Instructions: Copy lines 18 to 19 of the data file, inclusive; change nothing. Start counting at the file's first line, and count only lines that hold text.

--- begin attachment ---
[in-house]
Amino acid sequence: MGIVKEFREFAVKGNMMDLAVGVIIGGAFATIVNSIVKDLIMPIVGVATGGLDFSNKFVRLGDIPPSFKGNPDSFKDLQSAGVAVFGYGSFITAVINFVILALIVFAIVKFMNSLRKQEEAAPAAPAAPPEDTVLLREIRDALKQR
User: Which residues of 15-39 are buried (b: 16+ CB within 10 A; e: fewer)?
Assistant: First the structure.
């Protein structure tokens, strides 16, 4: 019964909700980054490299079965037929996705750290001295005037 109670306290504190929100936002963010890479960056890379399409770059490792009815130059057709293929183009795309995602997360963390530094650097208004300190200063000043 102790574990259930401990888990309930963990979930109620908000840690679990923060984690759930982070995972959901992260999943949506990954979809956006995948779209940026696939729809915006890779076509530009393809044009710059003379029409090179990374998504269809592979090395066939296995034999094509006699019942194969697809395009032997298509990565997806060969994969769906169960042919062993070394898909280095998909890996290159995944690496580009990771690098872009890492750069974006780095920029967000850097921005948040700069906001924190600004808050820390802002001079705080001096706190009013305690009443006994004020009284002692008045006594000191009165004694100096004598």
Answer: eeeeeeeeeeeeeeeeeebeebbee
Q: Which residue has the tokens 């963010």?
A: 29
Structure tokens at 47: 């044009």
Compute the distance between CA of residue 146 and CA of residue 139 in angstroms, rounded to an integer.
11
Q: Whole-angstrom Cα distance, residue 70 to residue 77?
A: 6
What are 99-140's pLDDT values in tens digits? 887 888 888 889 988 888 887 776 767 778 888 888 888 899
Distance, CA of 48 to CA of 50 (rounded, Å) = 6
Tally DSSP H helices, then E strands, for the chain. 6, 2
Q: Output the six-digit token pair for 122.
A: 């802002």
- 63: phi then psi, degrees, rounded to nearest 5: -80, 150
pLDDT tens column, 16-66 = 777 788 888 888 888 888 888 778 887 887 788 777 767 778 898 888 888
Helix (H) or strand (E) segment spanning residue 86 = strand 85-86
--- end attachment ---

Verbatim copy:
A: 């802002």
- 63: phi then psi, degrees, rounded to nearest 5: -80, 150